Pearl River, New York
|Pearl River, New York|
|Nickname(s): The Town of Friendly People|
|• Total||7.2 sq mi (18.6 km2)|
|• Land||6.8 sq mi (17.7 km2)|
|• Water||0.4 sq mi (0.9 km2)|
|Elevation||240 ft (73 m)|
|• Density||2,200/sq mi (850/km2)|
|Time zone||Eastern (EST) (UTC-5)|
|• Summer (DST)||EDT (UTC-4)|
|GNIS feature ID||0960056|
Pearl River is a hamlet and census-designated place in the town of Orangetown, Rockland County, New York, United States. It is located west of Nauraushaun, south of Nanuet, and west of Blauvelt, New York, and north of Montvale and Old Tappan, New Jersey. The population was 15,876 at the 2010 census.
Pearl River is 20 miles (32 km) north of midtown Manhattan and lies just north of the New Jersey border. It is the first (traveling north) of three New York stops on New Jersey Transit's Pascack Valley Line.
Pearl River is the site of One Blue Hill Plaza, Rockland County's first commercial skyscraper, with 21 stories of office space.
In 1906, Ernest Lederle, the former commissioner of the New York City Department of Health and Mental Hygiene, founded Lederle Laboratories (which became Wyeth and is now Pfizer) on a 99-acre (400,000 m2) farm which now encompasses 550 acres (2.2 km2), 40 buildings, and until recently employed around 3,200 workers. The number of employees here has dwindled to the hundreds since the Pfizer takeover.
In 1696, Pearl River was originally part of a larger portion of land known as the Kakiat Patent that was granted to Daniel Honan and Michael Hawdon. In 1713, the land was split into north and south plots. After the Revolutionary War, the land was further divided and sold. Pearl River was a portion of land made up of woods and swamps originally called Muddy Creek. In the early 1870s, the town was divided into five different parts: Middletown, Sickletown, Pascack, Muddy Brook, and Naurashaun.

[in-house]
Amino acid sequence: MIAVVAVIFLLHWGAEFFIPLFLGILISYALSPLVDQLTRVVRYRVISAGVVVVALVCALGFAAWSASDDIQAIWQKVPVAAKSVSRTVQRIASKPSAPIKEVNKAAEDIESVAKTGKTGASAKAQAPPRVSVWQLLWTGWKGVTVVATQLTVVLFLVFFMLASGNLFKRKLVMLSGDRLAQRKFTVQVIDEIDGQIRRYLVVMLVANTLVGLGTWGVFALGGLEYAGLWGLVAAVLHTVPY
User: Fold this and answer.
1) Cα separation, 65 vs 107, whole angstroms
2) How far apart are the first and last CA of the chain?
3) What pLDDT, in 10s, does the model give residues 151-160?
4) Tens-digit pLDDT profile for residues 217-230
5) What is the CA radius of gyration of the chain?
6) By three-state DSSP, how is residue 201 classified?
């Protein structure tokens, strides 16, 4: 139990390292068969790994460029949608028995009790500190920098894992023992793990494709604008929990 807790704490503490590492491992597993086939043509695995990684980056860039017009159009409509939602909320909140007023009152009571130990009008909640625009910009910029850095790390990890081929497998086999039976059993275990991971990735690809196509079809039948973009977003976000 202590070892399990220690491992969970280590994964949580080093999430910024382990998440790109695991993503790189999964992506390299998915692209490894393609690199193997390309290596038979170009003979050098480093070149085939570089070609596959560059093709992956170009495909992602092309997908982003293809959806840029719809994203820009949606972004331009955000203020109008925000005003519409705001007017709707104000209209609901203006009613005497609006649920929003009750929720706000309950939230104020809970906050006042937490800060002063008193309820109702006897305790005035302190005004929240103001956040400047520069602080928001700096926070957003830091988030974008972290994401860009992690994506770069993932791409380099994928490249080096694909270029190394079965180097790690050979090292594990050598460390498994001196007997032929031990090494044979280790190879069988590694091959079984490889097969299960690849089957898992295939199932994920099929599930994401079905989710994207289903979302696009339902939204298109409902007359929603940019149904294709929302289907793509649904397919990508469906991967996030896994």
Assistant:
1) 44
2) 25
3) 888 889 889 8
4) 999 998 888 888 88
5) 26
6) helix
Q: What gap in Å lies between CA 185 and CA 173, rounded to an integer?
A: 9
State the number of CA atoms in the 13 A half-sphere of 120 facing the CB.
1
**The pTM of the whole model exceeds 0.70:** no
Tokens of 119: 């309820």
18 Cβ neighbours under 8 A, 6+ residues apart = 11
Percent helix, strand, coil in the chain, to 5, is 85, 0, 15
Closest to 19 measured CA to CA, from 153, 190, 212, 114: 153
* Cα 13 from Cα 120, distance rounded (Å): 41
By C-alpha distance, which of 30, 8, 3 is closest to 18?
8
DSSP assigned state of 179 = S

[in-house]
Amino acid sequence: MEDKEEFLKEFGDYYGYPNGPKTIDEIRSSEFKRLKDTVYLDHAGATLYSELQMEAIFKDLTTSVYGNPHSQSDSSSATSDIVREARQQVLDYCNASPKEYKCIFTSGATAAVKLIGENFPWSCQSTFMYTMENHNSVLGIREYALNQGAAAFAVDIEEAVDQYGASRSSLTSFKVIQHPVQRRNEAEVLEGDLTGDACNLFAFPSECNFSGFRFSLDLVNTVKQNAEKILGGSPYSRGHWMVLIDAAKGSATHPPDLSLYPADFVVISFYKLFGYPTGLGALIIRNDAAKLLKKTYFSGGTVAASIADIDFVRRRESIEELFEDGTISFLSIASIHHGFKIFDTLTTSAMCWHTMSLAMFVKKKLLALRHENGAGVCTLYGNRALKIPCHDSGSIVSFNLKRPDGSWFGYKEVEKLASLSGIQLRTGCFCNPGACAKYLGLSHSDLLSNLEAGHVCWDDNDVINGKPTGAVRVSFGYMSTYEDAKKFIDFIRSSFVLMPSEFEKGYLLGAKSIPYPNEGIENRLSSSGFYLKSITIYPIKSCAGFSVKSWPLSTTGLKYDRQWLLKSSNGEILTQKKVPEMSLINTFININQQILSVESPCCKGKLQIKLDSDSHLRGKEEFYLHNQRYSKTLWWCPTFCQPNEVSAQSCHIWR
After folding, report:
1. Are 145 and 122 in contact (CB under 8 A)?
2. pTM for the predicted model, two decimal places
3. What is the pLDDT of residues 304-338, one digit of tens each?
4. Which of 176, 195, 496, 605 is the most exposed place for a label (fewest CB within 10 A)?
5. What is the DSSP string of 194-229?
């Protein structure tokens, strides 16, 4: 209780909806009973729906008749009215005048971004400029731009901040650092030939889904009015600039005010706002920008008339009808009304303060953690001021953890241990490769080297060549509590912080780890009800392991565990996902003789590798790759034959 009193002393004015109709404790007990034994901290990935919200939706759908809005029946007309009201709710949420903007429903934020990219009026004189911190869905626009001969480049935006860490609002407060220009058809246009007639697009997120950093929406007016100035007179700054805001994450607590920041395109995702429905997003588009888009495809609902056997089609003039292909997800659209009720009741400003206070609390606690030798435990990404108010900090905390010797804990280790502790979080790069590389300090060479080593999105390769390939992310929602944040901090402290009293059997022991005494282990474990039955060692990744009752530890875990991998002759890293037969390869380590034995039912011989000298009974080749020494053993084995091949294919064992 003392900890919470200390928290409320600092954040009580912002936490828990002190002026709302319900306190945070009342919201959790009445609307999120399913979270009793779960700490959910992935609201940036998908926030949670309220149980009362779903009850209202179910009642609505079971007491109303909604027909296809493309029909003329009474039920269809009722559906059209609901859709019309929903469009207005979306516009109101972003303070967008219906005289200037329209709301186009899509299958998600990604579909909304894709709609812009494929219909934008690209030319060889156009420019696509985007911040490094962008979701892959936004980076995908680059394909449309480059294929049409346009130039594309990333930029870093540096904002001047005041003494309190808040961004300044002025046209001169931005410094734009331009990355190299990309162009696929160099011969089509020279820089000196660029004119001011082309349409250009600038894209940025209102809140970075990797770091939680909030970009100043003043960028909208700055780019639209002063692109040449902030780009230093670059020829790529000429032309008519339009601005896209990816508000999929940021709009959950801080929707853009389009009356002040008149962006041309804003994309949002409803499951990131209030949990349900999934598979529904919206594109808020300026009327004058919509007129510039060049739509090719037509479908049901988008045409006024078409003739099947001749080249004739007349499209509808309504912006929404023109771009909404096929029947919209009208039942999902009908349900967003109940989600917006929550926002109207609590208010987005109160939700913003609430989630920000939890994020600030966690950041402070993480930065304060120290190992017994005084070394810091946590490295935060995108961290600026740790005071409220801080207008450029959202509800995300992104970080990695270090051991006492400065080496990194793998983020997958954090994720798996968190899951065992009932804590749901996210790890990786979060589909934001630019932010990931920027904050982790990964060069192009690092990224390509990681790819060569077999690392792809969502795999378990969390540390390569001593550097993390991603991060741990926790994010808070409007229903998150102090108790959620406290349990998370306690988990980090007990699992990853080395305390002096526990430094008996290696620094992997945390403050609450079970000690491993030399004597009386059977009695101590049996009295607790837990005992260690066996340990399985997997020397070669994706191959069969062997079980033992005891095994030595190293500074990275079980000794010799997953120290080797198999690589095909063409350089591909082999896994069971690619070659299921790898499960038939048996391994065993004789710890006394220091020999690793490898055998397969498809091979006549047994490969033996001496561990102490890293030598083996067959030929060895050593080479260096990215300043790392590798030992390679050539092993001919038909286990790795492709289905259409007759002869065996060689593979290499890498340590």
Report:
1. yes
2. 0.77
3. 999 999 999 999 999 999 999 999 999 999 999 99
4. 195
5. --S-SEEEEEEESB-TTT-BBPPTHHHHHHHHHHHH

There are conflicting accounts on how Muddy Creek came to be named Pearl River. According to some historians, a town resident named Dr. Ves Bogert found small pearls in mussels that thrived in Muddy Brook and, upon hearing this, Mrs John Demarest, the wife of the president of the New Jersey and New York Railroad, suggested the name "Pearl River" to her husband. Another account was that the name change was made to make the station stop sound more appealing on the railroad passenger schedules. The third account was that Julius E. Braunsdorf wanted to enhance the hamlet's business image by renaming it Pearl River.
Muddy Creek was purchased by industrialist Julius E. Braunsdorf, a German immigrant, in 1870. He donated a long strip of land right through the center of his property to the New Jersey and New York Railroad to enable them to bring an extension of the line from Hillsdale, New Jersey north to Nanuet.
Braunsdorf was the "Father of Pearl River" and established Aetna Sewing Machine Company to produce his patented home sewing machine in 1872. Later that year the first post office was established in the hamlet and from then on it was known as Pearl River. Branusdorf invented and manufactured the carbon-arc light bulb in 1873, 6 years prior to Thomas Edison's carbonized filament version. They were installed and used on ships in New York harbor for loading and unloading operations. He also designed generators, one of which powered the first incandescent electric lights, which he also invented, in the nation’s Capital.
When Braunsdorf designed the street layout, the only existing streets were Pearl Street and Washington Avenue. He drew a wide main street through the middle of town and called it Central Avenue. Parallel to Central Avenue he drew Franklin, after his hero, Benjamin Franklin. To connect Washington, Central, and Franklin he drew three streets and named them William, John and Henry after his three sons. Braunsdorf built:
- 1872 – The Aetna Sewing Machine Company – the largest factory in Pearl River – and ceded land to the railroad company so workers from New York City could get to his factory.
- 1872 – The Pearl River Post Office – and became the first Postmaster.